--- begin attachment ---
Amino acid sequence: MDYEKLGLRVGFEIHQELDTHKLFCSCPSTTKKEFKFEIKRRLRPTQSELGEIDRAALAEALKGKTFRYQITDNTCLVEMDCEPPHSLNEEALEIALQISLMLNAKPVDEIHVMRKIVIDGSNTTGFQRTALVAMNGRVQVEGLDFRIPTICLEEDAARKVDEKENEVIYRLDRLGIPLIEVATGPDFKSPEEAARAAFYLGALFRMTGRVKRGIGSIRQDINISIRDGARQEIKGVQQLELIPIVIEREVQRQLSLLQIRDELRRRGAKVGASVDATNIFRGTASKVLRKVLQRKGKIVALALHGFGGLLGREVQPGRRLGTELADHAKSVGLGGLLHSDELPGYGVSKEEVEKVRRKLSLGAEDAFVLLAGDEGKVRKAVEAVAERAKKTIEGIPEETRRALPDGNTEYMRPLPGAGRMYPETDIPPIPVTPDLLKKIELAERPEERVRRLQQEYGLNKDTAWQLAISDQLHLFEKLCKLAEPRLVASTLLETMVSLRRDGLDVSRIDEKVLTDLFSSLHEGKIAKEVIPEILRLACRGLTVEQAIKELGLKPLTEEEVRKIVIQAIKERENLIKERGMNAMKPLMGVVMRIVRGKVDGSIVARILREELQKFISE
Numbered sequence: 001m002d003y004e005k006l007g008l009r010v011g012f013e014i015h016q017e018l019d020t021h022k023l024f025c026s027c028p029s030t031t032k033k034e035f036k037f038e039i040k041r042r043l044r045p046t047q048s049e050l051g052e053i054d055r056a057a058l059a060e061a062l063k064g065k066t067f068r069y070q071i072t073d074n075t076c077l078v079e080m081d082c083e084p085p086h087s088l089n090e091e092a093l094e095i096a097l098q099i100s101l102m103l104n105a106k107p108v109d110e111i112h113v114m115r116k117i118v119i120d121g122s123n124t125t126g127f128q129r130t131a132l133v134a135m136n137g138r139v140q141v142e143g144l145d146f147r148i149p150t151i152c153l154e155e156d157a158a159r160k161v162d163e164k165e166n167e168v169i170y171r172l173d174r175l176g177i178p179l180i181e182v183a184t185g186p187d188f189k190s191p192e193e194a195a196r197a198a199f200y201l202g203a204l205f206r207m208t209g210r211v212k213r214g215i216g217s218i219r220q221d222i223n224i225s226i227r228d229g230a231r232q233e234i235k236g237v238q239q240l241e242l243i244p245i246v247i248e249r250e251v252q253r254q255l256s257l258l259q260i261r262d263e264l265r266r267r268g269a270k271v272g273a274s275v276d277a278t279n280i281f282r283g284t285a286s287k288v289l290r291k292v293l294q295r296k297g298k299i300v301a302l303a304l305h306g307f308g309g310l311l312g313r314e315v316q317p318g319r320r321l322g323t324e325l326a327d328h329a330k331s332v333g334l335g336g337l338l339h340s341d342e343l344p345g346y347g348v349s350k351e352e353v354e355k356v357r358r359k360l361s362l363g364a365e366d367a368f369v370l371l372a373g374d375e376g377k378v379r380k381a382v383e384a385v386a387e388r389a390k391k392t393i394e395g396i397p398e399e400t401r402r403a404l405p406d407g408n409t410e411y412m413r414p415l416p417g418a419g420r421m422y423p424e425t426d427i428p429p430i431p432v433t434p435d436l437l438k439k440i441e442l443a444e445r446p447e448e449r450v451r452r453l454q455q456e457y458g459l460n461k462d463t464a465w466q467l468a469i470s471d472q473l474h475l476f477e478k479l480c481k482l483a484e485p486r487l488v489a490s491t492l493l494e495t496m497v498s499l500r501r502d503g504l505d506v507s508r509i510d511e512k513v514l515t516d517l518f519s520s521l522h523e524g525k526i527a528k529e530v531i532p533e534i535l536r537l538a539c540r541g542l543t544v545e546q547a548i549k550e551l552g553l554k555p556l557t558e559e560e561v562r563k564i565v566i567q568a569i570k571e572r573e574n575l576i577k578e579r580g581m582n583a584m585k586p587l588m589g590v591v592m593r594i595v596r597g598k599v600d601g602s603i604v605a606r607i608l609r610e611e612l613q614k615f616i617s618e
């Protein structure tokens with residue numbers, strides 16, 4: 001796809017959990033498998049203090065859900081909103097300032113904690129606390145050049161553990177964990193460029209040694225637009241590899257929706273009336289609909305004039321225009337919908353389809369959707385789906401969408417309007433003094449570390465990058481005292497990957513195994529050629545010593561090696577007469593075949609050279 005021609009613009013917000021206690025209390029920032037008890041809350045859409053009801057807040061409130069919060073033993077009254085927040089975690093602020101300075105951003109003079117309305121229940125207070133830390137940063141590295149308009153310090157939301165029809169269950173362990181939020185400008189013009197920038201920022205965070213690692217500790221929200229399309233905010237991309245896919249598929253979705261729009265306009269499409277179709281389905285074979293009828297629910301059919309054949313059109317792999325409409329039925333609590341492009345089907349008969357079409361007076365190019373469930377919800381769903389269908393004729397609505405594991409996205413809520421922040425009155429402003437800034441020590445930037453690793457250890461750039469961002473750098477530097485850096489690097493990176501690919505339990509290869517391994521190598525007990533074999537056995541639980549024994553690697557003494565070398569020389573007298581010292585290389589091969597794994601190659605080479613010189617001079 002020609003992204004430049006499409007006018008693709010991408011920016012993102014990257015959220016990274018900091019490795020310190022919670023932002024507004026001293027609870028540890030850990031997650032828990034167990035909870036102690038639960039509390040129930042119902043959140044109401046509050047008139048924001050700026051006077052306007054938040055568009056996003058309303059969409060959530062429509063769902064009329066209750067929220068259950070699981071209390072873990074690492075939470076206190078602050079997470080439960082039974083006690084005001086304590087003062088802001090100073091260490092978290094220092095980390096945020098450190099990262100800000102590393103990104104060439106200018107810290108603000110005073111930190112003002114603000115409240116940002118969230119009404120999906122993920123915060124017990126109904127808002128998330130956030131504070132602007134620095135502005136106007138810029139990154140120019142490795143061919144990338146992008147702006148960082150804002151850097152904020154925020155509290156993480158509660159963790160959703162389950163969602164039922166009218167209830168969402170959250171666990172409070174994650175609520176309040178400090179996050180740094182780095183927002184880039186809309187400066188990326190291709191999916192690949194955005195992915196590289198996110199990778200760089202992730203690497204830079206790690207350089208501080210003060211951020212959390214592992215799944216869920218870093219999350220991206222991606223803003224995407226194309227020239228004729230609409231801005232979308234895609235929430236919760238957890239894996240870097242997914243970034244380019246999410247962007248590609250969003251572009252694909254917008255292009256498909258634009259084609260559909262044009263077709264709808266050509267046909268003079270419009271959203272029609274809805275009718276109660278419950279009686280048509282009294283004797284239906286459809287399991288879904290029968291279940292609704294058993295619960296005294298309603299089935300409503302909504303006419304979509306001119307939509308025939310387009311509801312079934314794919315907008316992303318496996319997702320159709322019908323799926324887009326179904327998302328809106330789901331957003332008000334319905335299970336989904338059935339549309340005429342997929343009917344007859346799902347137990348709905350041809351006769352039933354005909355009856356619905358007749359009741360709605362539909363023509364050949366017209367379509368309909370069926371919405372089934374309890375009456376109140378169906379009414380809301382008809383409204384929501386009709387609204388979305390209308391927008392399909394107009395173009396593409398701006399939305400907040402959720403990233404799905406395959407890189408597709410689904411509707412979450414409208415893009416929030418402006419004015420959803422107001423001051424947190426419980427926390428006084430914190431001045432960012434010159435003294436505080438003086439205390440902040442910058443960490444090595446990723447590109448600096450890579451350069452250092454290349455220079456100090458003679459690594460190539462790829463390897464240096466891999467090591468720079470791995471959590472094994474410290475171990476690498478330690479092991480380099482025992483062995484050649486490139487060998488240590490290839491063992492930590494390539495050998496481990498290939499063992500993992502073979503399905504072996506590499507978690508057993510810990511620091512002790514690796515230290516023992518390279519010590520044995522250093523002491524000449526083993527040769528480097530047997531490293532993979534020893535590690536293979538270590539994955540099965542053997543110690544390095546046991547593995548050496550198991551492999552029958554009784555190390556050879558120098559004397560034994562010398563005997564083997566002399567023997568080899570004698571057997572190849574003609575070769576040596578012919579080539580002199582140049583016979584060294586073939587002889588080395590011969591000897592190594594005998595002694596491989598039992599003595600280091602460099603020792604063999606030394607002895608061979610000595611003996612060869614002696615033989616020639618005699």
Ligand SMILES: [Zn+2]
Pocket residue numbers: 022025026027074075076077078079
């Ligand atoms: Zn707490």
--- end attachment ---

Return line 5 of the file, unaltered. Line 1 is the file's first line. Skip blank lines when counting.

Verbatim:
Pocket residue numbers: 022025026027074075076077078079